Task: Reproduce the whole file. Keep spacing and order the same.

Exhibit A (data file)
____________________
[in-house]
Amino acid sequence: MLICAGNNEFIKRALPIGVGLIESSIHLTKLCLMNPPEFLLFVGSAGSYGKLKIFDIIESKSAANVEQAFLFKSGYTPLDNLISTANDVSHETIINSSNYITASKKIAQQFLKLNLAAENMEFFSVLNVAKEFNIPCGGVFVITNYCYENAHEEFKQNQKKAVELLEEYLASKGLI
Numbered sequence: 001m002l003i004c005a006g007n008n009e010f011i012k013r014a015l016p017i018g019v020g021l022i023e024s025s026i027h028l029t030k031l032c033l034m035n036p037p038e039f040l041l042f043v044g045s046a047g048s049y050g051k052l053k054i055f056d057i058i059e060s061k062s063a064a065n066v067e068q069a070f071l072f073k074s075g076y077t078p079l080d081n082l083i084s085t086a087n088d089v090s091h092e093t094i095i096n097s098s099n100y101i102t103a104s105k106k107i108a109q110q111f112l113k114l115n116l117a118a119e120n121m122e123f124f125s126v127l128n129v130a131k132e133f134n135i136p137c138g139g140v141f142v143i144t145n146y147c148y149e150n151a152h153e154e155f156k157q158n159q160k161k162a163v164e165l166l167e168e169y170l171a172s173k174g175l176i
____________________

[in-house]
Amino acid sequence: MLICAGNNEFIKRALPIGVGLIESSIHLTKLCLMNPPEFLLFVGSAGSYGKLKIFDIIESKSAANVEQAFLFKSGYTPLDNLISTANDVSHETIINSSNYITASKKIAQQFLKLNLAAENMEFFSVLNVAKEFNIPCGGVFVITNYCYENAHEEFKQNQKKAVELLEEYLASKGLI
Numbered sequence: 001m002l003i004c005a006g007n008n009e010f011i012k013r014a015l016p017i018g019v020g021l022i023e024s025s026i027h028l029t030k031l032c033l034m035n036p037p038e039f040l041l042f043v044g045s046a047g048s049y050g051k052l053k054i055f056d057i058i059e060s061k062s063a064a065n066v067e068q069a070f071l072f073k074s075g076y077t078p079l080d081n082l083i084s085t086a087n088d089v090s091h092e093t094i095i096n097s098s099n100y101i102t103a104s105k106k107i108a109q110q111f112l113k114l115n116l117a118a119e120n121m122e123f124f125s126v127l128n129v130a131k132e133f134n135i136p137c138g139g140v141f142v143i144t145n146y147c148y149e150n151a152h153e154e155f156k157q158n159q160k161k162a163v164e165l166l167e168e169y170l171a172s173k174g175l176i